Kroll2013

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Dear colleagues, i have a 65 yo lady diagnosed in May of this year with a large left palmar aspect, hand lesion. The latter was ulcerated and infiltrating, rendering the use of the hand obsolete. She Has no comorbidities whatsoever but a history of chronic palmoplantar psoriasis, which was treated intermittently by topical, and more recently some 2.5 years back developed a small centimetric lesion of the palmar aspect of the left MP joint of the thumb. This was resected twice in a private office and never with a pathological analysis until more recently when it grew substantially and required biopsy. Pathology reported a moderately differentiated SCC.
Her initial Staging had comprised a contrast enhanced CT Scan of the hand and a non enhanced CT of the chest, which ruled out parenchymal pulmonary metastases and axillary disease.

She underwent a rather complicated surgical excision although had negative margins, and went on to complete 5 cycles of Cisplatin based Cisplatin –5FU, Erbitux infusional combination chemotherapy and had staging FDG PET CT Scan revealing NED.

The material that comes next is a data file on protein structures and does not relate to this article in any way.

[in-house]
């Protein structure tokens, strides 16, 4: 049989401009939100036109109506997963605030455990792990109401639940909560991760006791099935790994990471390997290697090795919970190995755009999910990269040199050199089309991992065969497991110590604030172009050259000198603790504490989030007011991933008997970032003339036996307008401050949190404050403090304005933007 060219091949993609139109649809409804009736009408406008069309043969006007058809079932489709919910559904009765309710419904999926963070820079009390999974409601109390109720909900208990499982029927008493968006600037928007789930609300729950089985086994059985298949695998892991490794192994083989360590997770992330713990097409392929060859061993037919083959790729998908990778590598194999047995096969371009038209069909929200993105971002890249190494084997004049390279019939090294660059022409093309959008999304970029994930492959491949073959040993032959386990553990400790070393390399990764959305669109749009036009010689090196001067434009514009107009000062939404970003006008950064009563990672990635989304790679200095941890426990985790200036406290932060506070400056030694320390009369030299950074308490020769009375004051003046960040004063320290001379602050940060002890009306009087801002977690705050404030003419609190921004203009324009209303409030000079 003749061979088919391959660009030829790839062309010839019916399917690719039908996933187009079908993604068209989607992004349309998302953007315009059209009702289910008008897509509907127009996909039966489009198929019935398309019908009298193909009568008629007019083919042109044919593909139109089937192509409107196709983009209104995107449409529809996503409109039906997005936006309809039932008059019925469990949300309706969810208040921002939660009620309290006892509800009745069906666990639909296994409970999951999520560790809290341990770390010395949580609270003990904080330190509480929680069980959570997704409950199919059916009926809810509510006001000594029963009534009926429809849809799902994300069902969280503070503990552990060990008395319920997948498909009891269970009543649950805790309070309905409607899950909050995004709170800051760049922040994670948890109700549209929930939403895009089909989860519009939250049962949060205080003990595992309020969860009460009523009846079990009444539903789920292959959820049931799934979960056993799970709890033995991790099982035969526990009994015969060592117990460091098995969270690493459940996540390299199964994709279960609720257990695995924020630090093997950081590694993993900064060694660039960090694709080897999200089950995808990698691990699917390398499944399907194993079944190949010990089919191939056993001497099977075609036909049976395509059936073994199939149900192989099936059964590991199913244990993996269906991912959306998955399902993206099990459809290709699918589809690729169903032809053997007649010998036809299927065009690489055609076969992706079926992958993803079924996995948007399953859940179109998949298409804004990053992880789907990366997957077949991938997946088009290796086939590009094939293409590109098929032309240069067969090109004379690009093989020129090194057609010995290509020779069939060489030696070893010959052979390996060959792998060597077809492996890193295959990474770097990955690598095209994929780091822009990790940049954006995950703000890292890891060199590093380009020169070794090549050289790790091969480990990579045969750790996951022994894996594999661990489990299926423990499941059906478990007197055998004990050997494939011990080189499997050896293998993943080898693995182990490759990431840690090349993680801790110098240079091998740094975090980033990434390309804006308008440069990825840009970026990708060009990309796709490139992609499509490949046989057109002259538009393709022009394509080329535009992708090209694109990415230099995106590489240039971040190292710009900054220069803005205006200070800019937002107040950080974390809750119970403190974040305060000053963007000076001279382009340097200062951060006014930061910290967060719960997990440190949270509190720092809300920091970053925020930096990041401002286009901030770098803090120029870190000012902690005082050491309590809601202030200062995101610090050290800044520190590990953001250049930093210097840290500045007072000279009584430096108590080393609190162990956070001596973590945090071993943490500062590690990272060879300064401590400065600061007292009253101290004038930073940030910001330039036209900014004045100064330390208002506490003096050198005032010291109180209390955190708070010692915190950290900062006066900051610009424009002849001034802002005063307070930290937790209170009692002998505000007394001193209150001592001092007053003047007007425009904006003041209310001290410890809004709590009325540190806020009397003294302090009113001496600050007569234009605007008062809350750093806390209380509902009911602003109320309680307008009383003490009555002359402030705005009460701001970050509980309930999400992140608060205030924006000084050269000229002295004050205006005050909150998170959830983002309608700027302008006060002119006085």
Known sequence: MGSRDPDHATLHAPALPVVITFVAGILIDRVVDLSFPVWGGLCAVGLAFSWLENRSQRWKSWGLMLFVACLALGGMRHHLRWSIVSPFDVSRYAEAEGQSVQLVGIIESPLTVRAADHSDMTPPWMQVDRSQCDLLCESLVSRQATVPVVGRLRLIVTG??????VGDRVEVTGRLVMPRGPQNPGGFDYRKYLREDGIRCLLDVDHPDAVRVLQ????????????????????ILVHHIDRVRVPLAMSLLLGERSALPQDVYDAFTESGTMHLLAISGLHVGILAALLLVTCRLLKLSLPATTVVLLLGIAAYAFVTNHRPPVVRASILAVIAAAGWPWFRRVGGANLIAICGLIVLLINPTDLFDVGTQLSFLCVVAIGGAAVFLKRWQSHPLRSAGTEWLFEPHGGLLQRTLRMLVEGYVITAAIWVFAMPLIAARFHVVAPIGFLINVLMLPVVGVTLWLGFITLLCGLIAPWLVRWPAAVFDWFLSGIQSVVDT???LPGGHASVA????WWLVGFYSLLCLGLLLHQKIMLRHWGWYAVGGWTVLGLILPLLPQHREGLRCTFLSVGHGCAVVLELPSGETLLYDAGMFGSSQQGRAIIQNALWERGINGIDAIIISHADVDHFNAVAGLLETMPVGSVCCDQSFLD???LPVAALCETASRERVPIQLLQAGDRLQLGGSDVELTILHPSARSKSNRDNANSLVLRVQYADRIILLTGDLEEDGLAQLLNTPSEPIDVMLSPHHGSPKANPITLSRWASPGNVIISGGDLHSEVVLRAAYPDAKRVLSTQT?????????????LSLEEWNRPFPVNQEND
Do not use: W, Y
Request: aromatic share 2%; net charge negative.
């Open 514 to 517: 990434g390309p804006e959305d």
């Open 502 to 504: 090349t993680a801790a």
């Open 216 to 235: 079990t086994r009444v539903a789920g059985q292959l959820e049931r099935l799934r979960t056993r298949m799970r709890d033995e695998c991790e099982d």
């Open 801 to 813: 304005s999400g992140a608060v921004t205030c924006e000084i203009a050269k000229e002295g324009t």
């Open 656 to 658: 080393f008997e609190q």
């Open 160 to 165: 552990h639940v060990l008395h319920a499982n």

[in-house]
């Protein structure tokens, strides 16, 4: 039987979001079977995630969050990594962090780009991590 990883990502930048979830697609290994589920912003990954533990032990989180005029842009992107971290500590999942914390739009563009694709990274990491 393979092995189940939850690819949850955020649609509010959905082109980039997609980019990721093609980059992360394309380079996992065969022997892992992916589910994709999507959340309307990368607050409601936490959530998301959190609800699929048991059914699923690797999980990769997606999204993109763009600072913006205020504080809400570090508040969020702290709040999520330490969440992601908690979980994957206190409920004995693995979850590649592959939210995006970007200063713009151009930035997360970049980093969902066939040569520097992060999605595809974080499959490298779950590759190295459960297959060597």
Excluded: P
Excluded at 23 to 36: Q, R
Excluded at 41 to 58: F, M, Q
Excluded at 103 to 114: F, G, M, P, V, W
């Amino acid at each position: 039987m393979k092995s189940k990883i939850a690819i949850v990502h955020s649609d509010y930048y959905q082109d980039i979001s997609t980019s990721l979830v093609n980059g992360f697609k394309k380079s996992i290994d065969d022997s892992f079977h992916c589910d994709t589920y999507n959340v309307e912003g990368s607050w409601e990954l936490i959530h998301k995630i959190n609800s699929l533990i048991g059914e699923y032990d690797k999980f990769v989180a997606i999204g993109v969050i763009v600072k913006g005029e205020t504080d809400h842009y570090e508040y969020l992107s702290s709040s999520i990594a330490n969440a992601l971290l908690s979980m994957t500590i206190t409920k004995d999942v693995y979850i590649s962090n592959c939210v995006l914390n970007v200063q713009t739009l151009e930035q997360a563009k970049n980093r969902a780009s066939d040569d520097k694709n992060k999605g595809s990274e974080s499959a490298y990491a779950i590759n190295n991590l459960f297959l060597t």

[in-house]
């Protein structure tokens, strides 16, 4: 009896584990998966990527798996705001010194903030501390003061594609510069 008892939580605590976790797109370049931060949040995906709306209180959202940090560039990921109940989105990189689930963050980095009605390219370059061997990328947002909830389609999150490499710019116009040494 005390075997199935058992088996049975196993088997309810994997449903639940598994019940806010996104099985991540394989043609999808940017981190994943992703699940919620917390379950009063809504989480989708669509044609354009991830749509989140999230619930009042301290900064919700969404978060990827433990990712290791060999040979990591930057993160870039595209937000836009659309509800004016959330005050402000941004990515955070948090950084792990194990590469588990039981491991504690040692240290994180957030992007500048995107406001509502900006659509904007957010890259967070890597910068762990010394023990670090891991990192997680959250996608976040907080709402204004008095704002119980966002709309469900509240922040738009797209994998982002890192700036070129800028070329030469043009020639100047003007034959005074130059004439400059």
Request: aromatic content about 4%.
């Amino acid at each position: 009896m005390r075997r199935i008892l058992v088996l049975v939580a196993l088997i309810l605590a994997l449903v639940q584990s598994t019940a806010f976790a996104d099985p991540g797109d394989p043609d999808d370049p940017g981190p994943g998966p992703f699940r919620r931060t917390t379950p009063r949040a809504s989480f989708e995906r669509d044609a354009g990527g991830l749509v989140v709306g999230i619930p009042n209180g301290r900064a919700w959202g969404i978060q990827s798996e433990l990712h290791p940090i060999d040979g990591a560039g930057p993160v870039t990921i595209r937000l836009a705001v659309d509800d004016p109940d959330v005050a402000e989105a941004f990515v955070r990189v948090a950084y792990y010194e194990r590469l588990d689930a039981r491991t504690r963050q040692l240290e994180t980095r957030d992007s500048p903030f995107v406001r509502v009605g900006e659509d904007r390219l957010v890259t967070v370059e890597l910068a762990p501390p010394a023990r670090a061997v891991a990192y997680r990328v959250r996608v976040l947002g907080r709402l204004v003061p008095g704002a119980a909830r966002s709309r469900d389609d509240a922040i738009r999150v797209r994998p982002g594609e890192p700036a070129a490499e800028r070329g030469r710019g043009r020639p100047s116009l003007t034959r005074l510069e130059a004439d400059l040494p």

While there are no guidelines whatsoever in such case, and RT to the hand is mandatory one should extrapolate from data available for other diseases.
I need your opinion concerning the RT for the axilla or should i stick only to the TB?

Ty


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Mad Jack

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While I can in no way answer your question, I'm just curious- was she treated with radiation for her psoriasis back in the late 50s or 60s? Just curious if this was a case study in late pathogenic side effects of an obsolete treatment modality.
 

OTN

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She had adjuvant chemotherapy given for a margin-negative resection of a scca of the hand? What? That makes no sense to me.

She might not even need adjuvant RT to the tumor bed. Depends on pathologic features of rsxn: PNI, size of margins, grade, ease of re-resectability, etc.
 
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Palex80

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While I can in no way answer your question, I'm just curious- was she treated with radiation for her psoriasis back in the late 50s or 60s? Just curious if this was a case study in late pathogenic side effects of an obsolete treatment modality.
RT for psoriasis is not "obsolete".
It's not first line treatment.
We've performed it several times over the past years for therapy resistant cases with quite good results.
 
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medgator

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RT for psoriasis is not "obsolete".
It's not first line treatment.
We've performed it several times over the past years for therapy resistant cases with quite good results.
Prob not unreasonable considering the medical therapies are pretty immunosuppresive systemically and can pre-dispose to cancer/lymphoma. Psoriasis is a tough disease, different from say "acne" where RT really has no role being used IMO